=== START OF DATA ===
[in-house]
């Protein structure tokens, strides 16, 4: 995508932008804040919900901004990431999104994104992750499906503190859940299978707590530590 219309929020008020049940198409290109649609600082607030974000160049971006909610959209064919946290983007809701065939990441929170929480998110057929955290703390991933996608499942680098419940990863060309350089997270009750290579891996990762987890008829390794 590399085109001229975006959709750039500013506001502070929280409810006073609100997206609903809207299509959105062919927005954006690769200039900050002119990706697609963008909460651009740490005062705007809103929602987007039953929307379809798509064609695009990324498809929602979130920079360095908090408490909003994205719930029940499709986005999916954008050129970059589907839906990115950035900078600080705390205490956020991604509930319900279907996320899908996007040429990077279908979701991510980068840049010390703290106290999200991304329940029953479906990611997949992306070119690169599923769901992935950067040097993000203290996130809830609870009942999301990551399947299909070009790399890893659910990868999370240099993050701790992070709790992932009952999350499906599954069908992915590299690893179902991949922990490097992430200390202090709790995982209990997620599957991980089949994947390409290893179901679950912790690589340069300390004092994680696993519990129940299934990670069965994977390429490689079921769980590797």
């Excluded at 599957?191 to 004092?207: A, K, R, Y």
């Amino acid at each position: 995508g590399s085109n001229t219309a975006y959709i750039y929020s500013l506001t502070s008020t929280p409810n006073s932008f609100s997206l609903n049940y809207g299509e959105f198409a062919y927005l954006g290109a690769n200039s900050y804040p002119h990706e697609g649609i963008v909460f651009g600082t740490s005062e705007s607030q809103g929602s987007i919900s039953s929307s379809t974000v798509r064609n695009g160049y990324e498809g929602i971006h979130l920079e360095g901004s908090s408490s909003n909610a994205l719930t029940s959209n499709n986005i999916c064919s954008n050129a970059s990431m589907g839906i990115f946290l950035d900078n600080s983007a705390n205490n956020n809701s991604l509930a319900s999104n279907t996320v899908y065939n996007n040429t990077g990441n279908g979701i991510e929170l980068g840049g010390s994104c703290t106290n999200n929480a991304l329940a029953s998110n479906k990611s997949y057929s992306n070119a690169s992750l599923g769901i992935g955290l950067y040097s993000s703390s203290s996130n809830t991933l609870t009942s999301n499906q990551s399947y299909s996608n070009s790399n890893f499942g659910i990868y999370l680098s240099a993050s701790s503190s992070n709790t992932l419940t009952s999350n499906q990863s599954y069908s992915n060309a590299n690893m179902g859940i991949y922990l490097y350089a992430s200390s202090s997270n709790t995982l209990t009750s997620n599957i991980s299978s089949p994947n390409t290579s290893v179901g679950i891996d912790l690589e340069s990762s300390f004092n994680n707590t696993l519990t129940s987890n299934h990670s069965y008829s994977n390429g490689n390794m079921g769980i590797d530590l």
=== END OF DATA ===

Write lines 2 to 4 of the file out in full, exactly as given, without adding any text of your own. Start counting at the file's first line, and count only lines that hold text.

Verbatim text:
């Protein structure tokens, strides 16, 4: 995508932008804040919900901004990431999104994104992750499906503190859940299978707590530590 219309929020008020049940198409290109649609600082607030974000160049971006909610959209064919946290983007809701065939990441929170929480998110057929955290703390991933996608499942680098419940990863060309350089997270009750290579891996990762987890008829390794 590399085109001229975006959709750039500013506001502070929280409810006073609100997206609903809207299509959105062919927005954006690769200039900050002119990706697609963008909460651009740490005062705007809103929602987007039953929307379809798509064609695009990324498809929602979130920079360095908090408490909003994205719930029940499709986005999916954008050129970059589907839906990115950035900078600080705390205490956020991604509930319900279907996320899908996007040429990077279908979701991510980068840049010390703290106290999200991304329940029953479906990611997949992306070119690169599923769901992935950067040097993000203290996130809830609870009942999301990551399947299909070009790399890893659910990868999370240099993050701790992070709790992932009952999350499906599954069908992915590299690893179902991949922990490097992430200390202090709790995982209990997620599957991980089949994947390409290893179901679950912790690589340069300390004092994680696993519990129940299934990670069965994977390429490689079921769980590797």
């Excluded at 599957?191 to 004092?207: A, K, R, Y």
């Amino acid at each position: 995508g590399s085109n001229t219309a975006y959709i750039y929020s500013l506001t502070s008020t929280p409810n006073s932008f609100s997206l609903n049940y809207g299509e959105f198409a062919y927005l954006g290109a690769n200039s900050y804040p002119h990706e697609g649609i963008v909460f651009g600082t740490s005062e705007s607030q809103g929602s987007i919900s039953s929307s379809t974000v798509r064609n695009g160049y990324e498809g929602i971006h979130l920079e360095g901004s908090s408490s909003n909610a994205l719930t029940s959209n499709n986005i999916c064919s954008n050129a970059s990431m589907g839906i990115f946290l950035d900078n600080s983007a705390n205490n956020n809701s991604l509930a319900s999104n279907t996320v899908y065939n996007n040429t990077g990441n279908g979701i991510e929170l980068g840049g010390s994104c703290t106290n999200n929480a991304l329940a029953s998110n479906k990611s997949y057929s992306n070119a690169s992750l599923g769901i992935g955290l950067y040097s993000s703390s203290s996130n809830t991933l609870t009942s999301n499906q990551s399947y299909s996608n070009s790399n890893f499942g659910i990868y999370l680098s240099a993050s701790s503190s992070n709790t992932l419940t009952s999350n499906q990863s599954y069908s992915n060309a590299n690893m179902g859940i991949y922990l490097y350089a992430s200390s202090s997270n709790t995982l209990t009750s997620n599957i991980s299978s089949p994947n390409t290579s290893v179901g679950i891996d912790l690589e340069s990762s300390f004092n994680n707590t696993l519990t129940s987890n299934h990670s069965y008829s994977n390429g490689n390794m079921g769980i590797d530590l």